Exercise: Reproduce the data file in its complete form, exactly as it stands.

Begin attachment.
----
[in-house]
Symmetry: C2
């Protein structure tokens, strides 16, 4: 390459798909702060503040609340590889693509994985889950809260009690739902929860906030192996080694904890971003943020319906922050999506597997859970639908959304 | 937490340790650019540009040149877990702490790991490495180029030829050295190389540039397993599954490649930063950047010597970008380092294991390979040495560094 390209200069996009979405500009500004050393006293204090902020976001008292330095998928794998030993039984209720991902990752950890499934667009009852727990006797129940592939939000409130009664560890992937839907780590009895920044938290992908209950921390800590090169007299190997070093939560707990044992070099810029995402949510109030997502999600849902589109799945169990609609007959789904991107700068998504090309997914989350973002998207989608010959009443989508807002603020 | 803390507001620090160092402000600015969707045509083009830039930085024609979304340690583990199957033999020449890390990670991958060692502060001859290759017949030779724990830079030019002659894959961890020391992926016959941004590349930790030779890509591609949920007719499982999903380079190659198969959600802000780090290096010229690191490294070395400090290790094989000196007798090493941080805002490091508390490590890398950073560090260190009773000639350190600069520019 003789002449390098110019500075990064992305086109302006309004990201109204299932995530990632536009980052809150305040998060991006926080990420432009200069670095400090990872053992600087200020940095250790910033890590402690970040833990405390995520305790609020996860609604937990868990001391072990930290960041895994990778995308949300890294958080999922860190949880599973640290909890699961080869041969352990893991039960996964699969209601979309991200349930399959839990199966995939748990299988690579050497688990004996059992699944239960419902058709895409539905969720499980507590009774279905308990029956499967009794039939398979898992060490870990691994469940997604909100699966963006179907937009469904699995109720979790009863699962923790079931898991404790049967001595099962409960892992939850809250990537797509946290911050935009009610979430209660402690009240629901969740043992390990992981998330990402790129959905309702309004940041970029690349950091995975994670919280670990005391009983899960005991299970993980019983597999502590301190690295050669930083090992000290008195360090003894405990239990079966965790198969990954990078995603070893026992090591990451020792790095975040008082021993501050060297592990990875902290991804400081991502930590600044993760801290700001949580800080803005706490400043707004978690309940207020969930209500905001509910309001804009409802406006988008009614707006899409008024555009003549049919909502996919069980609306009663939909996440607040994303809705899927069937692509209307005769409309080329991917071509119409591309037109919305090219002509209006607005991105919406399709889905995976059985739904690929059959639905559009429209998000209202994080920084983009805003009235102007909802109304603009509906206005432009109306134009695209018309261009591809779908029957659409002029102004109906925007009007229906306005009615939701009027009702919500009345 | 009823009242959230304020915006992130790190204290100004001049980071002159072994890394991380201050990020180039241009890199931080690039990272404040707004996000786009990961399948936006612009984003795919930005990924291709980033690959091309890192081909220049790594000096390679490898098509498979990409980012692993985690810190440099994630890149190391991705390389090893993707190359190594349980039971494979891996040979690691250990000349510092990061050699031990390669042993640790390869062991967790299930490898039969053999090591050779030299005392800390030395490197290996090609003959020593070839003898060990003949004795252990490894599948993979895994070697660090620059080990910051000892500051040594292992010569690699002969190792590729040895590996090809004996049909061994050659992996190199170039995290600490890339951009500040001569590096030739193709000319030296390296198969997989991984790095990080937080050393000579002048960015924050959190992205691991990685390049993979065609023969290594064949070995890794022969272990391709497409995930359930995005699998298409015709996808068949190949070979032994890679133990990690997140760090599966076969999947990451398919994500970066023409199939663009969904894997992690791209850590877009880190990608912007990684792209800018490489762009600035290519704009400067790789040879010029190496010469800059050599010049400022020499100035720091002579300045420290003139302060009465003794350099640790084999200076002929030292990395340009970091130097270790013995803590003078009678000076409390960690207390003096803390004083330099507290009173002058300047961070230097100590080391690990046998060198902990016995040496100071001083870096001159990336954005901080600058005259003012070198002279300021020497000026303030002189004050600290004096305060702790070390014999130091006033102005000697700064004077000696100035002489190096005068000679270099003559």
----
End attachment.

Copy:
[in-house]
Symmetry: C2
């Protein structure tokens, strides 16, 4: 390459798909702060503040609340590889693509994985889950809260009690739902929860906030192996080694904890971003943020319906922050999506597997859970639908959304 | 937490340790650019540009040149877990702490790991490495180029030829050295190389540039397993599954490649930063950047010597970008380092294991390979040495560094 390209200069996009979405500009500004050393006293204090902020976001008292330095998928794998030993039984209720991902990752950890499934667009009852727990006797129940592939939000409130009664560890992937839907780590009895920044938290992908209950921390800590090169007299190997070093939560707990044992070099810029995402949510109030997502999600849902589109799945169990609609007959789904991107700068998504090309997914989350973002998207989608010959009443989508807002603020 | 803390507001620090160092402000600015969707045509083009830039930085024609979304340690583990199957033999020449890390990670991958060692502060001859290759017949030779724990830079030019002659894959961890020391992926016959941004590349930790030779890509591609949920007719499982999903380079190659198969959600802000780090290096010229690191490294070395400090290790094989000196007798090493941080805002490091508390490590890398950073560090260190009773000639350190600069520019 003789002449390098110019500075990064992305086109302006309004990201109204299932995530990632536009980052809150305040998060991006926080990420432009200069670095400090990872053992600087200020940095250790910033890590402690970040833990405390995520305790609020996860609604937990868990001391072990930290960041895994990778995308949300890294958080999922860190949880599973640290909890699961080869041969352990893991039960996964699969209601979309991200349930399959839990199966995939748990299988690579050497688990004996059992699944239960419902058709895409539905969720499980507590009774279905308990029956499967009794039939398979898992060490870990691994469940997604909100699966963006179907937009469904699995109720979790009863699962923790079931898991404790049967001595099962409960892992939850809250990537797509946290911050935009009610979430209660402690009240629901969740043992390990992981998330990402790129959905309702309004940041970029690349950091995975994670919280670990005391009983899960005991299970993980019983597999502590301190690295050669930083090992000290008195360090003894405990239990079966965790198969990954990078995603070893026992090591990451020792790095975040008082021993501050060297592990990875902290991804400081991502930590600044993760801290700001949580800080803005706490400043707004978690309940207020969930209500905001509910309001804009409802406006988008009614707006899409008024555009003549049919909502996919069980609306009663939909996440607040994303809705899927069937692509209307005769409309080329991917071509119409591309037109919305090219002509209006607005991105919406399709889905995976059985739904690929059959639905559009429209998000209202994080920084983009805003009235102007909802109304603009509906206005432009109306134009695209018309261009591809779908029957659409002029102004109906925007009007229906306005009615939701009027009702919500009345 | 009823009242959230304020915006992130790190204290100004001049980071002159072994890394991380201050990020180039241009890199931080690039990272404040707004996000786009990961399948936006612009984003795919930005990924291709980033690959091309890192081909220049790594000096390679490898098509498979990409980012692993985690810190440099994630890149190391991705390389090893993707190359190594349980039971494979891996040979690691250990000349510092990061050699031990390669042993640790390869062991967790299930490898039969053999090591050779030299005392800390030395490197290996090609003959020593070839003898060990003949004795252990490894599948993979895994070697660090620059080990910051000892500051040594292992010569690699002969190792590729040895590996090809004996049909061994050659992996190199170039995290600490890339951009500040001569590096030739193709000319030296390296198969997989991984790095990080937080050393000579002048960015924050959190992205691991990685390049993979065609023969290594064949070995890794022969272990391709497409995930359930995005699998298409015709996808068949190949070979032994890679133990990690997140760090599966076969999947990451398919994500970066023409199939663009969904894997992690791209850590877009880190990608912007990684792209800018490489762009600035290519704009400067790789040879010029190496010469800059050599010049400022020499100035720091002579300045420290003139302060009465003794350099640790084999200076002929030292990395340009970091130097270790013995803590003078009678000076409390960690207390003096803390004083330099507290009173002058300047961070230097100590080391690990046998060198902990016995040496100071001083870096001159990336954005901080600058005259003012070198002279300021020497000026303030002189004050600290004096305060702790070390014999130091006033102005000697700064004077000696100035002489190096005068000679270099003559």